Engineering personnel were hired to answer the demand for documentation and graphic representation of critical lifts. The heavy haul division has grown to include new lifting and moving solutions with platform trailers, strand jacks, gantry and jacking systems, and in-house fabrication for special needs in lifting — making Vic’s a front-runner in heavy moving and rigging in the upper Midwest.
With the addition of pre-construction planning services, Vic’s innovative management staff and dedicated employees offer “full service solutions” in hoisting, moving and setting.
“The construction industry continues to evolve,” said Hearty. “However, we still hold true to the values that Vic and Bernice (Wenzel) started the company with: hard work, determination and the view that ‘there is no job too big to be accomplished.’”
Delivering results and value to people and their goals is a privilege the company earns by being
devoted to intangible traits such as integrity, knowledge and dependability, said Hearty.
“We’ve also completed transitioning to a 100 percent employee-owned company through a Employee Stock Ownership Plan,” he noted. “Our goal in doing this is focused on preserving the culture of Vic’s and rewarding the employees who have been instrumental in creating a globally recognized crane and specialized transport company.”
Being employee-owned company provides long-term incentives to deliver the very best in client service and excellence in the crane and heavy haul industry.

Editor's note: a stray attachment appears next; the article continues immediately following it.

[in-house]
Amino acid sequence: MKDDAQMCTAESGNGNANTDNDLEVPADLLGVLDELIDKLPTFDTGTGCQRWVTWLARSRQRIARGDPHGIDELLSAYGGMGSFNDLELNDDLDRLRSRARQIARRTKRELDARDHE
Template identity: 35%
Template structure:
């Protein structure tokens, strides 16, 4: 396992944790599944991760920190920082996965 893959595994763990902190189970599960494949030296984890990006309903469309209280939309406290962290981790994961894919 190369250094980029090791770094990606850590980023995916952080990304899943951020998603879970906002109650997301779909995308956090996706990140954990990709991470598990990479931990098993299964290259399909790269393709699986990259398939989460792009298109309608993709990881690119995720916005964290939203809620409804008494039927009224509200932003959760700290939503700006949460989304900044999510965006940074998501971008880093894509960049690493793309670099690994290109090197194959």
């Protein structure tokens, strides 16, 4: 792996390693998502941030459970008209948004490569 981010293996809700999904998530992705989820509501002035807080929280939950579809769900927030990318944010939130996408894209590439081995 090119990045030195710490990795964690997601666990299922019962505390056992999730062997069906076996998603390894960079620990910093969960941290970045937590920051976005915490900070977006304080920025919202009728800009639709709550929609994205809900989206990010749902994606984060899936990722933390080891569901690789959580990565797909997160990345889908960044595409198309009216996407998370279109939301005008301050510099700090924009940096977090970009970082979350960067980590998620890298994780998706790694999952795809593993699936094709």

“Vic’s employees continue to be driven to focus on customer projects and provide high-quality solutions,” said Hearty. “Further, they are invested to make decisions and efficiently solve problems to benefit our clients and their objectives.”
Vic’s offers specialized services in three areas:
• Cranes: owns and operates its fleet of crane, rigging and heavy haul equipment and supplies. They offer lifting and moving solutions, and dedicate their trained, experienced manpower to safe operations, annual equipment upgrades and certifications.
The types of cranes they have available include: crawler, hydraulic all-terrain, rough terrain, lattice boom truck, boom truck and carry deck.
• Heavy haul: With more than 30 years experience in heavy haul and heavy lift business, Vic’s has the engineering expertise, dedicated technicians and specialized equipment required to assist clients with difficult rigging projects of any size in the power generation, petro-chemical and industrial fields.
It’s fleet of specialized equipment consists of, but is not limited to: hydraulic platform trailer, both self-propelled and pull type; hydraulic gantry systems, hydraulic jack and slide systems; and computer-controlled strand jack systems.
Capabilities include: barge roll on/roll off services, custom fabrication services and detailed engineered lift and haul route planning, including scanning capabilities.
• Pre-construction services: provides clients with a formal method for developing a full-work scope, cost and schedule to perform lift and haul projects. This project management tool allows clients to fully understand and mitigate logistical, budgetary and risk management challenges before work begins.
“We use a team of specialized and experienced engineers and project managers that are equipped with industry know-how and state of the art software,” Hearty explained. “Our team members meet with clients to understand their objectives and help determine the work scope and provide solutions.”